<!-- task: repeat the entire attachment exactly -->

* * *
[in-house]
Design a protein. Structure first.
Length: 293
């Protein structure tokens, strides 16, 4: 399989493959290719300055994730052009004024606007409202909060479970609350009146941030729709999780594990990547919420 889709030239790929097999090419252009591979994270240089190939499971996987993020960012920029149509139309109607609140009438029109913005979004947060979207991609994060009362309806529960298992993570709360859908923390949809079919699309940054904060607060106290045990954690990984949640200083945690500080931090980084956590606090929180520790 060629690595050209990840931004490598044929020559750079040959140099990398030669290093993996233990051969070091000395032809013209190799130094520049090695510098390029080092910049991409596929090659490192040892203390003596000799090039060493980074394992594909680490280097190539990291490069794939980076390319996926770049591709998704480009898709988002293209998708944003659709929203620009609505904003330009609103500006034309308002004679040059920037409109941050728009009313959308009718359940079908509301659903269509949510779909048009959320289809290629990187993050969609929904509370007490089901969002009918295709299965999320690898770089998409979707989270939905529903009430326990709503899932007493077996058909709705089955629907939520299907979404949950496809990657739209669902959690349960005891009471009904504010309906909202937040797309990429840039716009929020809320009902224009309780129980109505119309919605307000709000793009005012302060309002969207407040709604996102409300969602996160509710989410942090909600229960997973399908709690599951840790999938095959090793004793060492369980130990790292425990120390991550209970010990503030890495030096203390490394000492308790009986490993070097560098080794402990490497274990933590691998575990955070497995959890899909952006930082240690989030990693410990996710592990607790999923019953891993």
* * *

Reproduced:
[in-house]
Design a protein. Structure first.
Length: 293
């Protein structure tokens, strides 16, 4: 399989493959290719300055994730052009004024606007409202909060479970609350009146941030729709999780594990990547919420 889709030239790929097999090419252009591979994270240089190939499971996987993020960012920029149509139309109607609140009438029109913005979004947060979207991609994060009362309806529960298992993570709360859908923390949809079919699309940054904060607060106290045990954690990984949640200083945690500080931090980084956590606090929180520790 060629690595050209990840931004490598044929020559750079040959140099990398030669290093993996233990051969070091000395032809013209190799130094520049090695510098390029080092910049991409596929090659490192040892203390003596000799090039060493980074394992594909680490280097190539990291490069794939980076390319996926770049591709998704480009898709988002293209998708944003659709929203620009609505904003330009609103500006034309308002004679040059920037409109941050728009009313959308009718359940079908509301659903269509949510779909048009959320289809290629990187993050969609929904509370007490089901969002009918295709299965999320690898770089998409979707989270939905529903009430326990709503899932007493077996058909709705089955629907939520299907979404949950496809990657739209669902959690349960005891009471009904504010309906909202937040797309990429840039716009929020809320009902224009309780129980109505119309919605307000709000793009005012302060309002969207407040709604996102409300969602996160509710989410942090909600229960997973399908709690599951840790999938095959090793004793060492369980130990790292425990120390991550209970010990503030890495030096203390490394000492308790009986490993070097560098080794402990490497274990933590691998575990955070497995959890899909952006930082240690989030990693410990996710592990607790999923019953891993």